‘Chocolate wars break out over the colour purple’ – a lesson in trade marks

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We recently came across this article featured in The Telegraph, about the long running trade mark battle concerning the distinctive purple so strongly associated with Cadbury. This may be useful when considering the elements of your products or brand that should be protected…

For just over a century, a distinctive purple has been used on wrappers enveloping Cadbury’s Dairy Milk chocolate bars. The colour, chosen because it was Queen Victoria’s favourite, even adorns Bournville train station, where Cadbury built its factory in Birmingham 140 years ago.

But, the hue has been at the centre of a long running ‘chocolate wars’ battle. And the courts have dealt the sweet manufacturer a blow weakening its ability to prevent rivals using the ‘Cadbury purple’ on chocolates.

Legal experts predicted a recent Court of Appeal ruling against Cadbury and the confectioner’s subsequent withdrawal of a 24 year old trade mark could see competitors bring out chocolates swathed in the colour so strongly associated with the company.

Cadbury tried last year to update its 1995 trade mark for the colour, called Pantone 2685C, after a challenge by its rival Nestlé proved the legal wording was too wide ranging.

Nestlé lodged its opposition amid fears Cadbury’s claim on the colour could threaten its hazelnut and caramel chocolate called the ‘Purple One’, and the vibrant decoration on its Quality Street box.

But, three judges issued an 11-page ruling finding against Cadbury adding that its failure to ‘future proof’ that trade mark hinged on a legal technicality which leaves “one feeling sympathy for Cadbury”.

The Sunday Telegraph can reveal that Cadbury, owned by Mondelez International, has now surrendered its original 1995 registration to be able to use exclusively the colour.

Rebecca Anderson-Smith, trade mark attorney at Mewburn Ellis, described the latest twists as “bad news” for Cadbury because it allows “long term adversary” Nestle to launch a strong legal challenge.

“It seems Cadbury realised their existing UK trade mark registration for that purple would be extremely difficult, if not impossible, to enforce, as they appear to have voluntarily surrendered the registration.

“They still own a separate UK trade mark registration for that purple covering “chocolate in bar or tablet form”, but this includes the same description of the mark previously considered too broad by the Court of Appeal. Consequently, it is open to attack by Nestlé, and others, for being invalidly registered. It will be interesting to see if Cadbury voluntarily surrenders this registration as well.”

A Mondelez spokeswoman said its company would continue to defend fiercely its branding.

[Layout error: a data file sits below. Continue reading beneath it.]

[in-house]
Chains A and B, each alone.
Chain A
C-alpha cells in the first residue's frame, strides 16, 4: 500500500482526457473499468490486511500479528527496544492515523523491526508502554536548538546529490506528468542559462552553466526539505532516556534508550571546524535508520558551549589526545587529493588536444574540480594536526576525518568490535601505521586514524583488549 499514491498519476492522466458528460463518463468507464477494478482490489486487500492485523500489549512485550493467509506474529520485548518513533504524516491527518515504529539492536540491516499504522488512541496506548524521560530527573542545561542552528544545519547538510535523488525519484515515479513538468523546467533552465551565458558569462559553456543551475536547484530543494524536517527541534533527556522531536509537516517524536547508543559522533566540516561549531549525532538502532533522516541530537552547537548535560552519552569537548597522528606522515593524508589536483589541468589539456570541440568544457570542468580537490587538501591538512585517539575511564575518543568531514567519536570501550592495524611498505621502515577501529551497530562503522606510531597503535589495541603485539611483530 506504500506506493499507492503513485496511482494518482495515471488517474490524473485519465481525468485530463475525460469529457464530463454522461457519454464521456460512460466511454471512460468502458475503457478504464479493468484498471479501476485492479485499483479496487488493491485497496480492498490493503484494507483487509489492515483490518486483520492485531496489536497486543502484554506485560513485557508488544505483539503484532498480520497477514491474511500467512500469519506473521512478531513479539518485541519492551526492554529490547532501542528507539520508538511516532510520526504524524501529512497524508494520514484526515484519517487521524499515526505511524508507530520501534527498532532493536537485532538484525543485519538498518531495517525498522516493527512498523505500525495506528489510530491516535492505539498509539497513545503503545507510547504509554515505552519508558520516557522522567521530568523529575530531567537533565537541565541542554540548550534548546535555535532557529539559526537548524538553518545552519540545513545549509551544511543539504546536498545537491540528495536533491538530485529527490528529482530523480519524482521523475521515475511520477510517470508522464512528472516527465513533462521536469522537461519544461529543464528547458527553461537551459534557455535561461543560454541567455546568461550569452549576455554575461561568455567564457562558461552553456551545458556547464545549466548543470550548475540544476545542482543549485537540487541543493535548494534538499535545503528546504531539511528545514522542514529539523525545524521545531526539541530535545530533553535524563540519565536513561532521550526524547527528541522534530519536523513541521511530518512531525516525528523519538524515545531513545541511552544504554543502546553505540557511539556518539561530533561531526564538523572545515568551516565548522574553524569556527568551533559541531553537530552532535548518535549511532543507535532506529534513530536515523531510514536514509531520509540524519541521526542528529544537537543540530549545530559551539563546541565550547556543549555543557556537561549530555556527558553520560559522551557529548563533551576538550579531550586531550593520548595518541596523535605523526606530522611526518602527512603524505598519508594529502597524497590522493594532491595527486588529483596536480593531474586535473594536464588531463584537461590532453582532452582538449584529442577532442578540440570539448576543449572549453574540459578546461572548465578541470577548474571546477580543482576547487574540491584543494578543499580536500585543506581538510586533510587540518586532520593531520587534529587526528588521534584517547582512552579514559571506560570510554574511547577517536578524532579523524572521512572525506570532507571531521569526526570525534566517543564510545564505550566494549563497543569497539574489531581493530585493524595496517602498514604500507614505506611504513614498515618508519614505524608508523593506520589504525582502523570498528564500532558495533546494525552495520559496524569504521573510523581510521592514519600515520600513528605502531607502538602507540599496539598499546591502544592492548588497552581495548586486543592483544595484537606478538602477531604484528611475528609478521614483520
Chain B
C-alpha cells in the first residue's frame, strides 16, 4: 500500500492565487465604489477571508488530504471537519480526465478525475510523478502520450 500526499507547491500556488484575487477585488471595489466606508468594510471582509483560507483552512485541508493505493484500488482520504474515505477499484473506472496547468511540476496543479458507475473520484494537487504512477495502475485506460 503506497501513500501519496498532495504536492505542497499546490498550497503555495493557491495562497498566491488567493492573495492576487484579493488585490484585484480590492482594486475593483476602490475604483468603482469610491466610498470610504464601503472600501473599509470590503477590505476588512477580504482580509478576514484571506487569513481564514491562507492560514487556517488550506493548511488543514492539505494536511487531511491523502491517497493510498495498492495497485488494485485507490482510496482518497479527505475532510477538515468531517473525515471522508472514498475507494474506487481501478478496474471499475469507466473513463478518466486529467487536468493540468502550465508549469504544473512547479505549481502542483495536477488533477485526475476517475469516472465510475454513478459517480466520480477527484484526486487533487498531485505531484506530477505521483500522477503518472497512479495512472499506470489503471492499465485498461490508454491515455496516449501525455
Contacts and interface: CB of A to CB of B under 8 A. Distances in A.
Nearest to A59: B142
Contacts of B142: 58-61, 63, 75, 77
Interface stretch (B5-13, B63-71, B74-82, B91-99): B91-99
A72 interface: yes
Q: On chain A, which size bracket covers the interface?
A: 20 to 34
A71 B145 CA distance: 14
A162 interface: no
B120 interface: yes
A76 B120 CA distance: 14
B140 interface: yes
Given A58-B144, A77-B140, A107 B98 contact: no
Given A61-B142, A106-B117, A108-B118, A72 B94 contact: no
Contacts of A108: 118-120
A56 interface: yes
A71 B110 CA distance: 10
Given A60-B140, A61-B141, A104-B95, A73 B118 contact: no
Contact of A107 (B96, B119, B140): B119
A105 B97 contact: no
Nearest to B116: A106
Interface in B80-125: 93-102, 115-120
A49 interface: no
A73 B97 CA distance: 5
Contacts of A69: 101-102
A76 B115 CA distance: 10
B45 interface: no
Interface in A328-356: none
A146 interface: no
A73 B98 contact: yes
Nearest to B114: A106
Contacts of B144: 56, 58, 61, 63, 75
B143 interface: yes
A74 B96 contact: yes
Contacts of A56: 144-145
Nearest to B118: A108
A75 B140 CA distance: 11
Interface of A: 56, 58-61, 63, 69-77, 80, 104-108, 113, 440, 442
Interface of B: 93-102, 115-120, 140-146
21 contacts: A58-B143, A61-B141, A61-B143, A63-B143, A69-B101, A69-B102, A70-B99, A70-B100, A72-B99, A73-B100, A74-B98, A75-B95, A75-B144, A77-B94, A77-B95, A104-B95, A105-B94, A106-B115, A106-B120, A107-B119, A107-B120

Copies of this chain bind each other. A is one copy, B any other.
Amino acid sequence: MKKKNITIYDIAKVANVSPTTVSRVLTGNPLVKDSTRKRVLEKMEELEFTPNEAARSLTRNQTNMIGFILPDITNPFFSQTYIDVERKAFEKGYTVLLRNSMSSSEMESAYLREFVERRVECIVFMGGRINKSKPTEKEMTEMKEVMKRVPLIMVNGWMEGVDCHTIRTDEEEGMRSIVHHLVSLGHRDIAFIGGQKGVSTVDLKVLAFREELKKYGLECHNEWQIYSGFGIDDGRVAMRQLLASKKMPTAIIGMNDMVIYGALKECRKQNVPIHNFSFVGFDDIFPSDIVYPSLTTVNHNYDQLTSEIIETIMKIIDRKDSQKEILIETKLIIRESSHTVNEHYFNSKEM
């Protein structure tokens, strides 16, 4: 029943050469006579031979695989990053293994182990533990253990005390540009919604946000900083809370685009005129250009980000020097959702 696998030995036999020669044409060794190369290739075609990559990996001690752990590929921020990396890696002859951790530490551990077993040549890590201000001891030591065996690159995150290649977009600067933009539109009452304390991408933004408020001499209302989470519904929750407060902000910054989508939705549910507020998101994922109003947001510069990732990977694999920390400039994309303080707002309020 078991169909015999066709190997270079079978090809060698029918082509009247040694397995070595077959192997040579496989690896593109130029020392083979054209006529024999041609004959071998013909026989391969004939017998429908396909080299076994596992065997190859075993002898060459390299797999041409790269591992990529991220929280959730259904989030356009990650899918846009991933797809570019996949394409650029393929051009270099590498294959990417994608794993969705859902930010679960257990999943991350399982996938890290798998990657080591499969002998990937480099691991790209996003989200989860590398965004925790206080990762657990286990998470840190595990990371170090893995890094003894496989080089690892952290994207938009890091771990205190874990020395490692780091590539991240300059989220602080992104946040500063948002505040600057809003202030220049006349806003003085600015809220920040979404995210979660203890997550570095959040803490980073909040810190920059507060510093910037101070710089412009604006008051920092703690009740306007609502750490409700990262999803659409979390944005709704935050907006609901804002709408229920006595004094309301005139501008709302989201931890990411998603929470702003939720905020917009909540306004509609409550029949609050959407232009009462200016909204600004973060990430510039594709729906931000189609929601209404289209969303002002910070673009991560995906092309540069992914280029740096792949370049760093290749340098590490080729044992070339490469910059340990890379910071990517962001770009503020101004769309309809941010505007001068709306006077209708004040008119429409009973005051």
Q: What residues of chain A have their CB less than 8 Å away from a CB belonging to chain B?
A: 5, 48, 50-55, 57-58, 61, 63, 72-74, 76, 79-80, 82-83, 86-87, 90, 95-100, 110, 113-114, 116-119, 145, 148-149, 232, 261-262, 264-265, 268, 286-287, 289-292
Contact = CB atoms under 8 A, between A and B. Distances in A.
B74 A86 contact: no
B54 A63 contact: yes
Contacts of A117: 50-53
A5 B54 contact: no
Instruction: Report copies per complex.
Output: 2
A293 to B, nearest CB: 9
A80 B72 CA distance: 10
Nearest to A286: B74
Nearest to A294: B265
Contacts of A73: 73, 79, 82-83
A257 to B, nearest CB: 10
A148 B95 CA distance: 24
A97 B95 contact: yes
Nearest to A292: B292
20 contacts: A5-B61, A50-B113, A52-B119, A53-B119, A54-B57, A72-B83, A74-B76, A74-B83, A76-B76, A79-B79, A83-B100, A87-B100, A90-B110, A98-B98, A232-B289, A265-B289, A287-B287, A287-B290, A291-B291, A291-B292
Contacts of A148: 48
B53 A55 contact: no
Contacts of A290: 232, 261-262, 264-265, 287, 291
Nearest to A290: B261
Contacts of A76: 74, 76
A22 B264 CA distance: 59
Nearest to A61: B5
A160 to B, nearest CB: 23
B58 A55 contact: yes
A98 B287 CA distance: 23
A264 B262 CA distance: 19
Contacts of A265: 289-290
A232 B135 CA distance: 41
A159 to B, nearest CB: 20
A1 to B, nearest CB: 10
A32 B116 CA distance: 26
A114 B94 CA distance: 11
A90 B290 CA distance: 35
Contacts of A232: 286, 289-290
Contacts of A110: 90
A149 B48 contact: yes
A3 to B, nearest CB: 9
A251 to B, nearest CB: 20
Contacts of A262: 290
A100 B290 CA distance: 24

“We have not appealed the decision, but will continue to protect what we believe is a distinctive trademark – Cadbury Purple – and challenge those who infringe it.”

A Nestlé spokesman hinted that the battle was far from over, explaining that it has products, like Quality Street and the ‘Purple One’, which “famously use the colour purple”.

“As with all colour trade marks, it is therefore important that the scope of any rights over the colour purple are clear and precise and limited to those products where it has acquired distinctiveness.”

Ms Anderson-Smith added: “Cadbury could also try to rely on any unregistered trade mark rights or goodwill they may have acquired through use of their colour in the UK, but enforcing these rights would be more onerous than relying on a valid trade mark registration.  Their claim to a monopoly in their specific shade of purple therefore seems severely weakened at this point.”

John Bradley, who worked at the Birmingham-based company for 25 years and wrote Cadbury’s Purple Reign: The Story Behind Chocolate’s Best Loved Brand, said he chose the title and purple cover of his book because it was “indelibly associated” with Cadbury.

He said purple was chosen for Dairy Milk, launched in 1905, because it was the “emperor of chocolates” and during the Roman Empire only the emperor was allowed to wear a purple toga.

“The company probably didn’t help itself in future copyright battles by using purple on other brands and altering the shade used on Dairy Milk over the years,” he said.

“When I joined in 1979, the place was a sea of purple. If copyright lawyers do later decide Cadbury has no claims on purple, it confirms everything I ever thought about lawyers.”

Queen Victoria gave Cadbury a royal warrant in 1854, making it then the official cocoa and chocolate makers for the monarch.

One advert from that time even showed the queen sitting on a train drinking cocoa.

Source: www.telegraph.co.uk/chocolate-wars-break-colour-purple/